Two days later, Murillo was arrested.  As he was escorted to the police vehicle, he said, “The white boy shouldn’t have tried to be a hero” in reference to Mr. Brown, who died from the gunshot.  During a subsequent police interview, he admitted to telling Gabriel, “shoot him!”  In the same interview, he said he was mad at Gabriel for “snitching” on him. 

A jury then convicted Murillo of first-degree murder (Penal Code § 187) and found true a felony murder special circumstance (Penal Code § 190.2(a)(17)).  The judge then sentenced Murillo to life in prison without the possibility of parole for the murder with the special circumstance.  As to the sentence for burglary, it was stayed under Penal Code § 654.

After Senate Bill 1437 was passed in 2018, Murillo filed a petition for resentencing in 2019.  The trial court summarily denied the petition on the ground that the jury’s special circumstance finding rendered him ineligible for resentencing. 

Murillo then appealed the denial of his petition to the Second Appellate District Court in Los Angeles, arguing that the changes in the determination of reckless disregard for human life and major participant as in Banks and Clark, supra, both from 2016, made his 1993 special circumstance allegation subject to collateral attack and therefore, SB 1437 would permit resentencing.

The prosecution argued that an appeal of the special circumstance really ought to instead be made via a petition for a writ of habeas corpus, citing to People v. Galvan (2020) 52 Cal.App.5th 1134.

The Second Appellate District agreed, explaining that otherwise (allowing one to use 1437 to attack a special circumstance finding), there would be a disparity in which similarly situated defendants’ cases would be evaluated under different standards based solely on the date of their convictions.  This would create an equal protection problem.  Specifically, defendants convicted after the Supreme Court issued its decisions in Banks and Clark would be required to challenge the sufficiency of the evidence of the special circumstance finding on direct appeal, where the People would only need to show substantial evidence supported that finding.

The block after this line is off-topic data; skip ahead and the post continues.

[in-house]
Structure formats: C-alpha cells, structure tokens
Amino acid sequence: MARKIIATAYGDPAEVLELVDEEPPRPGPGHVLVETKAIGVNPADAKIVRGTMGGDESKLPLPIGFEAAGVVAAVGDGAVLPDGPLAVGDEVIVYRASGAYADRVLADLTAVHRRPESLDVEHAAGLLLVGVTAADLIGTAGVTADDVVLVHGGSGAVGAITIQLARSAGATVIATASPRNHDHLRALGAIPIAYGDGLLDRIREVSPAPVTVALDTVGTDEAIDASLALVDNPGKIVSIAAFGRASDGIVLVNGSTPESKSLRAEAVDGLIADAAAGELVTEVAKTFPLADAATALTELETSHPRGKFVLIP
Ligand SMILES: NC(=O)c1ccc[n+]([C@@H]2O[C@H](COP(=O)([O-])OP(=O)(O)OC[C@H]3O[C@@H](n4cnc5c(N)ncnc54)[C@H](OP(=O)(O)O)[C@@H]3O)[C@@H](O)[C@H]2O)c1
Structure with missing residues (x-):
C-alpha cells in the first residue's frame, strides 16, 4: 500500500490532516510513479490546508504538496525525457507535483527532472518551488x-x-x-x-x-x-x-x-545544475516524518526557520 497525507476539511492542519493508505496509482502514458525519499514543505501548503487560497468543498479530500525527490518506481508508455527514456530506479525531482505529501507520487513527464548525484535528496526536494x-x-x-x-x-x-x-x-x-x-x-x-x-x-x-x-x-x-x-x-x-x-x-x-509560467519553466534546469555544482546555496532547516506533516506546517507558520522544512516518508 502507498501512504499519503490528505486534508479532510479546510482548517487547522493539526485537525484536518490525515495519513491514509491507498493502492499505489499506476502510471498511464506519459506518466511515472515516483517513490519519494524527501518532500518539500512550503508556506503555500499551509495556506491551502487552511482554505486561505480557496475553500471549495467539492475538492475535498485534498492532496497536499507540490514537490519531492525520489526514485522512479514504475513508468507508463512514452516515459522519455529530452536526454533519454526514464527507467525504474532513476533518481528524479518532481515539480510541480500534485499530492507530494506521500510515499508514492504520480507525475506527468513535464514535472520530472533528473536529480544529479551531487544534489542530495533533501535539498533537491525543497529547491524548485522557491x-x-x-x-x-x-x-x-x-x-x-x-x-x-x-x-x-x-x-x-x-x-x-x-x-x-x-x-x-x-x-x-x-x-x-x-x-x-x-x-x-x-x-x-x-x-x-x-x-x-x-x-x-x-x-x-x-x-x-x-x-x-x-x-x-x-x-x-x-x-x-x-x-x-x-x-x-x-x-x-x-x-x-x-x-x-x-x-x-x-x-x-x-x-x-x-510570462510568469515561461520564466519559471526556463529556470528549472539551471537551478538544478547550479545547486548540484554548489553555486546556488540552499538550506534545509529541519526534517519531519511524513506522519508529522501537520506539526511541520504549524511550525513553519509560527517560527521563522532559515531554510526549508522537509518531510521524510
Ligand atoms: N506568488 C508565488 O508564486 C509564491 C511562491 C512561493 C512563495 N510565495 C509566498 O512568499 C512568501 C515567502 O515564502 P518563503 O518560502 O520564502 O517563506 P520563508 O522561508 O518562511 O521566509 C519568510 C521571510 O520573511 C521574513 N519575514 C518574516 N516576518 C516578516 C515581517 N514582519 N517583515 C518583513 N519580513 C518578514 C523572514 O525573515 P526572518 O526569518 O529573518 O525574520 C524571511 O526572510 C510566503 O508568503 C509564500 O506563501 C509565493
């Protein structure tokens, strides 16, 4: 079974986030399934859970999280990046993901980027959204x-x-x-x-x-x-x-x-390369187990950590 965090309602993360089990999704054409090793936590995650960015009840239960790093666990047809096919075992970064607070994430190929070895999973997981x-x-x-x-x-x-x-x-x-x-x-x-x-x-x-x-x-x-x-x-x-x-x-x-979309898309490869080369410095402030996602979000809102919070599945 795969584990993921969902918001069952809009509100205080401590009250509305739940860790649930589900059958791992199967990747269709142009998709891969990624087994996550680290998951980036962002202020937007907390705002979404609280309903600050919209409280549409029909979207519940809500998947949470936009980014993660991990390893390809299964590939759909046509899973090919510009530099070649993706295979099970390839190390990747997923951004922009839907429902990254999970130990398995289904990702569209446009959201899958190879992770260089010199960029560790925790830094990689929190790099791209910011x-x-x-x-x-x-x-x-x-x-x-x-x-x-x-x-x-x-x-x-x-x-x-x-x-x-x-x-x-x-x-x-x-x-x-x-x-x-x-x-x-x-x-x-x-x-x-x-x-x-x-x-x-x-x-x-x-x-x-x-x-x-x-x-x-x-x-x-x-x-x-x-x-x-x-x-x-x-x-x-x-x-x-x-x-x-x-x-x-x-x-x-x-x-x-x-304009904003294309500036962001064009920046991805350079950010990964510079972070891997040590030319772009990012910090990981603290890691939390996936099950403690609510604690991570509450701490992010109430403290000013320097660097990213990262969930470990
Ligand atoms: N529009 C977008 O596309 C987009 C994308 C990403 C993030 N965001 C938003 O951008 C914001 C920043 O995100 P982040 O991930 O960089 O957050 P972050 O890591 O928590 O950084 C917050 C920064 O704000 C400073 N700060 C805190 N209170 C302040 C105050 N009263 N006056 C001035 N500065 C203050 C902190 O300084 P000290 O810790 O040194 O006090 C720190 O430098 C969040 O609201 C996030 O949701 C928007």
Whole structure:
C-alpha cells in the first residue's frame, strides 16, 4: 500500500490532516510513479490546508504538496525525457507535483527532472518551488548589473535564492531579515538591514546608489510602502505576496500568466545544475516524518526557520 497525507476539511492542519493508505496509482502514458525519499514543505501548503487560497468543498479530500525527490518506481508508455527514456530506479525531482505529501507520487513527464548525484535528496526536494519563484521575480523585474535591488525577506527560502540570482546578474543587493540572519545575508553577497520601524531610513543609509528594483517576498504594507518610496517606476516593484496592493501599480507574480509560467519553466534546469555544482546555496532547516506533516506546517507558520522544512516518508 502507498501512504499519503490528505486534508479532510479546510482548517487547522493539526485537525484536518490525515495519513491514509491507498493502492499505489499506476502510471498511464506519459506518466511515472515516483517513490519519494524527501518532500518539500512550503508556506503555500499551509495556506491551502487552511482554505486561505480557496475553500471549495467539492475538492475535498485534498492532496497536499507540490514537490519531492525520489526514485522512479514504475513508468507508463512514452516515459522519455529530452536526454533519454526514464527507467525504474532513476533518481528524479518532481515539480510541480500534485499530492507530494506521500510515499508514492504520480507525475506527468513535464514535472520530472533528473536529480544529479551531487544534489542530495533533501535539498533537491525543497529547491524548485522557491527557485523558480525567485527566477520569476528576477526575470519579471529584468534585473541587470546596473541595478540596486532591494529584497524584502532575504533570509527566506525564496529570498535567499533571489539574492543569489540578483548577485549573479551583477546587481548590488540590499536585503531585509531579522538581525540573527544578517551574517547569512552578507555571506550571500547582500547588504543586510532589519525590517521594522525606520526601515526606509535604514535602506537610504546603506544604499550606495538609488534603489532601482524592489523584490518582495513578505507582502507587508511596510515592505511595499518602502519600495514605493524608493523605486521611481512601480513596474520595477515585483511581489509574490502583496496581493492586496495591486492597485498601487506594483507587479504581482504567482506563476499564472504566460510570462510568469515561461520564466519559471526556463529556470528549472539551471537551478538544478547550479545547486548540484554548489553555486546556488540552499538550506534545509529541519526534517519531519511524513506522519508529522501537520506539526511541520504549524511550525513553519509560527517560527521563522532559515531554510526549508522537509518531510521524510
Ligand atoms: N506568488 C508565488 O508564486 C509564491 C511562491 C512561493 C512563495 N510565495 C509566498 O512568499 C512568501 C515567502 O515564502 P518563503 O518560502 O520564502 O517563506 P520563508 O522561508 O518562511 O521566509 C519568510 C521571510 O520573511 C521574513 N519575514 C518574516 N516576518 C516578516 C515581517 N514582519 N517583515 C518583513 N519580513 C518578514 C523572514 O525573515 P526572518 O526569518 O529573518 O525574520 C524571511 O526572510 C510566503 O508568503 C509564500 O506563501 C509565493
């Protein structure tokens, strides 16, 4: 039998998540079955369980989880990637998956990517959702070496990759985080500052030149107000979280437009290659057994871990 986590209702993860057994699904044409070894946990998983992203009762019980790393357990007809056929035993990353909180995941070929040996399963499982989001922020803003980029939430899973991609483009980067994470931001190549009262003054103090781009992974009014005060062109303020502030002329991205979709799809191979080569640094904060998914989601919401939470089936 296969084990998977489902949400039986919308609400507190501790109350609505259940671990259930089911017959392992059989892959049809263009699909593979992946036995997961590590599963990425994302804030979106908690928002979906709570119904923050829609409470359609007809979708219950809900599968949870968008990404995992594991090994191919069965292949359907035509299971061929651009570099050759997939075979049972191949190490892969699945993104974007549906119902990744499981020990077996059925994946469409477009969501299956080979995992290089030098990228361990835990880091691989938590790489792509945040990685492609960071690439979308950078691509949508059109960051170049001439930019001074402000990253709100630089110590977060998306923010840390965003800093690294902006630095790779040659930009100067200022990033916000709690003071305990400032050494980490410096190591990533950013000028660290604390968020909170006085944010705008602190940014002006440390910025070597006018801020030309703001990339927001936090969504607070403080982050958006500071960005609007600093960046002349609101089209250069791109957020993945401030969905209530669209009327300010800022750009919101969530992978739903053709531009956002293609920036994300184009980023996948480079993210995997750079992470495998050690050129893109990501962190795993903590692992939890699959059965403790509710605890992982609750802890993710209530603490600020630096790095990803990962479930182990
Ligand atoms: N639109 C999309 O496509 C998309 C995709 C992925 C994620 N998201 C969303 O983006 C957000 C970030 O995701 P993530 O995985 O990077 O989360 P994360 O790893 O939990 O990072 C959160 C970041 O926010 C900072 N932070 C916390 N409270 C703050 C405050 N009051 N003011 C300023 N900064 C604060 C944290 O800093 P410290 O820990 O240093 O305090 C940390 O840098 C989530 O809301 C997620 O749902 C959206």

But where, as here, a defendant was convicted before Banks and Clark, if the defendant could bring a collateral challenge under section 1170.95, the prosecution would be required to prove the special circumstance beyond a reasonable doubt.

Regardless of Murillo’s improper use of 1437 to challenge the special circumstance, the Second Appellate District looked at the facts of the case and quickly determined that under even Banks and Clark, Murillo was a major participant and did act with reckless disregard for human life.

The citation for the Second Appellate District Court ruling discussed above is People v. Jose Murillo (2d App. Dist., 2020) 54 Cal. App. 5th 160, 268 Cal. Rptr. 3d 457.

For more information about Senate Bill (SB) 1437 issues, please click on the following articles: